The Middle Rhine Valley
Admired by painters and poets alike for its charming river landscapes, the Middle Rhine Valley was declared a UNESCO World Heritage Site in 1992. Our journey between Cologne and the start of the Middle Rhine – around Koblenz – took place overnight, so we were up bright and early to make sure we did not miss much of that spectacular landscape. As our river ship cruised upstream towards Rüdesheim, we were met with a never-ending display of craggy hills dotted with ruined fortresses, castles, picture perfect villages and steep vineyards. Boppard was the first of the half-timbered villages we witnessed.
The Rhine Valley was once the Roman Empire’s northern boundary and one of the world’s busiest rivers for shipping. Even now it is alive with barges and cruise ships. Alongside the river are train tracks and roads with tourist buses, as well as the iconic castles and fortresses I made sure to photograph. The Thurnburg fortress above Wellmich is commonly known as Burg Maus (Mouse Castle) in contrast to the size of Burg Katz (Cat Castle) at St Goarshausen further up the river. It is currently the venue for falconry displays.
Once the largest fortress of the Middle Rhine, the Rheinfels Castle at St Goar is now a hotel, while a museum and battlement tours are available for tourists.
Officially known as Burg Neu-Katzenelnbogen after the family name of the first owners, Burg Katz towers imposingly above St Goarshausen. A short distance upstream, one of the most well known sights of the Rhine Valley was met with great anticipation.
At a point on the Rhine where the river narrows and treacherous currents and rock have caused ships to founder, stands the 131m high cliff romanticised in legend and poetry as the Lorelei – a maiden who lured mariners to their destruction. Many of the ship’s passengers had braved the early morning chill in order to capture the sight on camera, but not just for us, this was somewhat of a letdown. Although it looked pretty dressed in its autumn foliage, it was no more than a rocky outcrop with a bronze statue to mark the spot, which many of us missed in the shadows.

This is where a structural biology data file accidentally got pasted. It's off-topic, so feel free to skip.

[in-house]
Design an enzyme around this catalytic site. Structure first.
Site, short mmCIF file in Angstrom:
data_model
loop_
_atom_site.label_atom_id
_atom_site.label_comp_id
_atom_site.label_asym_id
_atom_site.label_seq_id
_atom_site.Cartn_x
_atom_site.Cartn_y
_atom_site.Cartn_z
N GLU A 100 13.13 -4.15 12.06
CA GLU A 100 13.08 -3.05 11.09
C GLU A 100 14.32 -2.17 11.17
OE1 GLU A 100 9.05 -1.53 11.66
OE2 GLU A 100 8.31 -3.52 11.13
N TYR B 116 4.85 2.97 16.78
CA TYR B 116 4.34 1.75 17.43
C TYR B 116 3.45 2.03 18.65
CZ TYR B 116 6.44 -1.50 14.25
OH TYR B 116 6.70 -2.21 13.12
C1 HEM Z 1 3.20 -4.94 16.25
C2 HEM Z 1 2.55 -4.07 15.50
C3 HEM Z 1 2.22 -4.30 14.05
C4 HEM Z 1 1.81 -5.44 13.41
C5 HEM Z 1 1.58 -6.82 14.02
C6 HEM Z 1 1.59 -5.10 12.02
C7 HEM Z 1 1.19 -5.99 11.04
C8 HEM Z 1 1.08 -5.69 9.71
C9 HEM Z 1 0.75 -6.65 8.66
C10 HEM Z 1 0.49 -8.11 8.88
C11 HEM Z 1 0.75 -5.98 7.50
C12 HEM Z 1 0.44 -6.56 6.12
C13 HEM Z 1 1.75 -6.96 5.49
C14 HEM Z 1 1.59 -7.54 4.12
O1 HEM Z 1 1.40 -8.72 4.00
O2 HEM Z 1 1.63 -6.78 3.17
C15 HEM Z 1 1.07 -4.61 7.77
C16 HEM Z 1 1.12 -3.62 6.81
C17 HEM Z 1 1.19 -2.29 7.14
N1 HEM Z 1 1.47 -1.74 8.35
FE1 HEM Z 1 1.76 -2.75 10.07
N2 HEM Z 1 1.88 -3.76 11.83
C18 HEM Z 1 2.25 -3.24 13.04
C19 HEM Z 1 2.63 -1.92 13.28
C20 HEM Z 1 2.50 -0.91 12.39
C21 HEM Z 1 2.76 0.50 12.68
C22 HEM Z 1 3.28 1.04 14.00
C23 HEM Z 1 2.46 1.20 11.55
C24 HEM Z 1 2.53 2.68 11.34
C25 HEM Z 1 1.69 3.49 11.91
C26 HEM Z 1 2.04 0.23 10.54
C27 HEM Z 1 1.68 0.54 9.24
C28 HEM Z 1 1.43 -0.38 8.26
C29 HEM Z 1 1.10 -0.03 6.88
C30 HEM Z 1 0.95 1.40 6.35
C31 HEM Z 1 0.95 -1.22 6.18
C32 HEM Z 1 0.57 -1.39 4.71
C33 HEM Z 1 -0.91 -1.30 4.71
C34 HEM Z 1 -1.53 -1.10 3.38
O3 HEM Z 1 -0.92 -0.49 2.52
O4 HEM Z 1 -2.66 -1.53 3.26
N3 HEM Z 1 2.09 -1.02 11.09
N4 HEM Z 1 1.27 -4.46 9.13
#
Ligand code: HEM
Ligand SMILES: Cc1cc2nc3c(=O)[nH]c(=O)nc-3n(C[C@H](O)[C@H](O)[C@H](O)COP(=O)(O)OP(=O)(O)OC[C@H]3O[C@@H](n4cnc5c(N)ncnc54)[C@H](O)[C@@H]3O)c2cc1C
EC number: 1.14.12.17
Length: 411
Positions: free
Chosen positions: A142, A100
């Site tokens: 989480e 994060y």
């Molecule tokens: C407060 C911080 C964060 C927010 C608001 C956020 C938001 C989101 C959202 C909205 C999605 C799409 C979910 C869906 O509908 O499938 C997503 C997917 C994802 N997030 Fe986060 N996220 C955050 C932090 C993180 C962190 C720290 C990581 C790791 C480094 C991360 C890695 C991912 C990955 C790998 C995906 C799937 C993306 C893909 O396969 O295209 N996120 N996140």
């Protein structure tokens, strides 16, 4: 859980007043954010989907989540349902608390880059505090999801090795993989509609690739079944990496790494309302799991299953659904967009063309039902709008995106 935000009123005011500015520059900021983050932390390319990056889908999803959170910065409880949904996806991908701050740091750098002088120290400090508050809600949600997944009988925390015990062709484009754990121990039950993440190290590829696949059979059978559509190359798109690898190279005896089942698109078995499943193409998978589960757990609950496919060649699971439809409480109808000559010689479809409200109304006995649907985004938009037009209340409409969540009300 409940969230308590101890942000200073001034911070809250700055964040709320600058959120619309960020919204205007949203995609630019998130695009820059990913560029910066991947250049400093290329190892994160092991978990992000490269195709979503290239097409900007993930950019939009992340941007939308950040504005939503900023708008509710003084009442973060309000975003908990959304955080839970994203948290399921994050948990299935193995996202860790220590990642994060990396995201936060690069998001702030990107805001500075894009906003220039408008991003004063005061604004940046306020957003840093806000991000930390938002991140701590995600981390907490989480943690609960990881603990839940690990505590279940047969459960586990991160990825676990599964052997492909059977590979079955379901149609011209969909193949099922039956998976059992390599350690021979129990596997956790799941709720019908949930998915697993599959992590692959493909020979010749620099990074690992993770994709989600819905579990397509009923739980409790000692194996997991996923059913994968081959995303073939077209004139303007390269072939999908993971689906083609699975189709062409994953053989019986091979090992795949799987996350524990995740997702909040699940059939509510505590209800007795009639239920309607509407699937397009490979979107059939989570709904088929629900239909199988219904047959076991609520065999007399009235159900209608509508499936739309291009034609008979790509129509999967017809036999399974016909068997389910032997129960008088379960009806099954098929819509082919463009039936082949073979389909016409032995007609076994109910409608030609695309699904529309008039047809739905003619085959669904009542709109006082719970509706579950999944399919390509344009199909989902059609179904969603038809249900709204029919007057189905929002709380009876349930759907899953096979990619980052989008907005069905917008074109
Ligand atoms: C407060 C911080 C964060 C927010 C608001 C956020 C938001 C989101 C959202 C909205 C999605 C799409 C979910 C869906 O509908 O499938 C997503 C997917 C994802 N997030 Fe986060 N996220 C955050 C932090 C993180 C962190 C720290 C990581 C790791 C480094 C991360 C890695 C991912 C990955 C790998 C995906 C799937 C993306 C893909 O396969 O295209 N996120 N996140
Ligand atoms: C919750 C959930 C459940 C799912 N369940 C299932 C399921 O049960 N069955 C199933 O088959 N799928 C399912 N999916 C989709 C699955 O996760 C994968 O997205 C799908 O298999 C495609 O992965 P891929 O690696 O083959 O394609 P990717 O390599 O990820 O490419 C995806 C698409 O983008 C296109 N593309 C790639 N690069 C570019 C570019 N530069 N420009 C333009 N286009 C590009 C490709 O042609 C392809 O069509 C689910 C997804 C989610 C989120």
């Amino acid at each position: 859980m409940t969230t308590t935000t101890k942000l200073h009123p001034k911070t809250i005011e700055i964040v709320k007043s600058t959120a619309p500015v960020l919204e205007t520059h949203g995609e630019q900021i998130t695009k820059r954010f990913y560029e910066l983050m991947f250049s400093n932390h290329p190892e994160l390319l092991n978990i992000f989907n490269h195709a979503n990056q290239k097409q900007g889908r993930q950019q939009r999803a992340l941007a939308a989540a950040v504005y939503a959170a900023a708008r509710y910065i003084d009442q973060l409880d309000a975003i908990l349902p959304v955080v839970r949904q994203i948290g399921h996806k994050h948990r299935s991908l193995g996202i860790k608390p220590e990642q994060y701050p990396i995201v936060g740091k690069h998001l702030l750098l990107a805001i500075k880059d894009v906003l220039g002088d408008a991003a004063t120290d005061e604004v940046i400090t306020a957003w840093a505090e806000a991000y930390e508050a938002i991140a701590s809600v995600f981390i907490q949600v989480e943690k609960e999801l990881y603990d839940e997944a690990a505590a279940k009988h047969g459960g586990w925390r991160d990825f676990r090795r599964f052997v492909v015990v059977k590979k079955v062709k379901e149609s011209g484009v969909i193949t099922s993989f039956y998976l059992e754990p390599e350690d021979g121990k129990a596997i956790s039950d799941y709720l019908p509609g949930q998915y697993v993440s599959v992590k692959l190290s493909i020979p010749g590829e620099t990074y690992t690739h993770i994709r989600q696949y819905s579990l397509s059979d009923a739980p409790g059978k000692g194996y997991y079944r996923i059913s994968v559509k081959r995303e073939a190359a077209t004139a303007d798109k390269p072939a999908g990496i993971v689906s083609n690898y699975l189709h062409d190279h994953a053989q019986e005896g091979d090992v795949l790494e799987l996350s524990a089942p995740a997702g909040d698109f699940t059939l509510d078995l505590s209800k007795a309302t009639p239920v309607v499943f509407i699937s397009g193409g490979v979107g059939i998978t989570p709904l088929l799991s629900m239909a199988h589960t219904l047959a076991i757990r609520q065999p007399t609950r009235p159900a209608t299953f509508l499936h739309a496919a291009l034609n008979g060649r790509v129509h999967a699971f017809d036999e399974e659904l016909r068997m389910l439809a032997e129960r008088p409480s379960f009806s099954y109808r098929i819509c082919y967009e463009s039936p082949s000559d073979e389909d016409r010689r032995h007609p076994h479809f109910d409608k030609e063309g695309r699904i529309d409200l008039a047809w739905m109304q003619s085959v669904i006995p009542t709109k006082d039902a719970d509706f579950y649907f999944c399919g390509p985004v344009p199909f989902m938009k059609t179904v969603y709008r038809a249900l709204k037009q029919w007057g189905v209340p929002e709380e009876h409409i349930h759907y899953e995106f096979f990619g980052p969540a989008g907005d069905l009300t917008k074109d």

The obligatory castle ruin at Oberwesel with its surviving 16 towers – the Schönburg – can trace its origins back to the 10th century. Oberwesel itself lays claim to being a Celtic settlement 400 years BCE before being used as a Roman military station.
Looking like a duplicate of the earlier view of Wellmich, the village of Kaub and its vineyards are dominated by Burg Gutenfels, a construction from the 13th and 14th centuries. The vineyards of the Mittelrhein region are known for the production of some very good Rieslings.
On little Falkenau Island, just off the banks of the river at Kaub, the ship-shaped Pfalzgrafenstein fortress looks more like a fairytale picture than others. Several of these castles were erected by ‘robber barons’ to collect tolls from the river traffic, with a large chain crossing the river, lowered only once taxes had been paid.
The picturesque village of Bacharach is dominated by Stahleck Castle, commenced in the 12th century and like many of its kind, expanded, destroyed and rebuilt over succeeding centuries. It now houses a youth hostel. Among the many historic buildings in this village is the Werner Chapel, now a skeleton with Gothic framework in its window arches.
One of the most well known fortresses on the Rhine, best seen from on high and in profile as portrayed in cruise advertisements, is the 14th century Burg Rheinstein. Its crenellated towers and Gothic windows reflect the fashion of the 19th century when it was restored. Now it, too, is a refined hotel.
From this point on, the wine region is known as the Rheingau, considered the best wine producing region of Germany. Rieslings continue to excel, while around Assmannshausen the soil and micro-climate are ideal for producing the light Pinot Noir known in Germany as Spätburgunder. Rüdesheim, our next port of call, would finally provide us with the opportunity to savour the wines produced from the vineyards we had admired thus far.